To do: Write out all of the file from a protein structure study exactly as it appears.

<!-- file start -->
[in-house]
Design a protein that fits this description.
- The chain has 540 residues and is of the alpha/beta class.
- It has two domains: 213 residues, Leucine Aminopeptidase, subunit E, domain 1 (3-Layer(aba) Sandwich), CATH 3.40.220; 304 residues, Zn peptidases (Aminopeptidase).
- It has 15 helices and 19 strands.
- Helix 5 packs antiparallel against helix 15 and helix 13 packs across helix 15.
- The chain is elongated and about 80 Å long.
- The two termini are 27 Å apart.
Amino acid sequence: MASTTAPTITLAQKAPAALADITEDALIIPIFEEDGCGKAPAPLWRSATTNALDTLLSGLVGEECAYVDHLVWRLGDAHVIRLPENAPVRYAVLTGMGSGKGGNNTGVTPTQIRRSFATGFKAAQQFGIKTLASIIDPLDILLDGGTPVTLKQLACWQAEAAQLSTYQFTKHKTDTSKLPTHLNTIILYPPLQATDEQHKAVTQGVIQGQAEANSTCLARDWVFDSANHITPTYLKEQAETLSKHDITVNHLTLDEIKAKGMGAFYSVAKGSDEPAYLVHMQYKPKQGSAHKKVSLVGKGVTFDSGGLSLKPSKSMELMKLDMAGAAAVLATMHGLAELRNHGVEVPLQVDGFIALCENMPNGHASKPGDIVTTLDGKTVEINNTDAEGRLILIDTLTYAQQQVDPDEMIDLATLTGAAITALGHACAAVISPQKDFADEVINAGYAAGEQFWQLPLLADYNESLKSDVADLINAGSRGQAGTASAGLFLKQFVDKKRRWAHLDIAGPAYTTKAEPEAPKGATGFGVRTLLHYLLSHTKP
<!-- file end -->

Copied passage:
[in-house]
Design a protein that fits this description.
- The chain has 540 residues and is of the alpha/beta class.
- It has two domains: 213 residues, Leucine Aminopeptidase, subunit E, domain 1 (3-Layer(aba) Sandwich), CATH 3.40.220; 304 residues, Zn peptidases (Aminopeptidase).
- It has 15 helices and 19 strands.
- Helix 5 packs antiparallel against helix 15 and helix 13 packs across helix 15.
- The chain is elongated and about 80 Å long.
- The two termini are 27 Å apart.
Amino acid sequence: MASTTAPTITLAQKAPAALADITEDALIIPIFEEDGCGKAPAPLWRSATTNALDTLLSGLVGEECAYVDHLVWRLGDAHVIRLPENAPVRYAVLTGMGSGKGGNNTGVTPTQIRRSFATGFKAAQQFGIKTLASIIDPLDILLDGGTPVTLKQLACWQAEAAQLSTYQFTKHKTDTSKLPTHLNTIILYPPLQATDEQHKAVTQGVIQGQAEANSTCLARDWVFDSANHITPTYLKEQAETLSKHDITVNHLTLDEIKAKGMGAFYSVAKGSDEPAYLVHMQYKPKQGSAHKKVSLVGKGVTFDSGGLSLKPSKSMELMKLDMAGAAAVLATMHGLAELRNHGVEVPLQVDGFIALCENMPNGHASKPGDIVTTLDGKTVEINNTDAEGRLILIDTLTYAQQQVDPDEMIDLATLTGAAITALGHACAAVISPQKDFADEVINAGYAAGEQFWQLPLLADYNESLKSDVADLINAGSRGQAGTASAGLFLKQFVDKKRRWAHLDIAGPAYTTKAEPEAPKGATGFGVRTLLHYLLSHTKP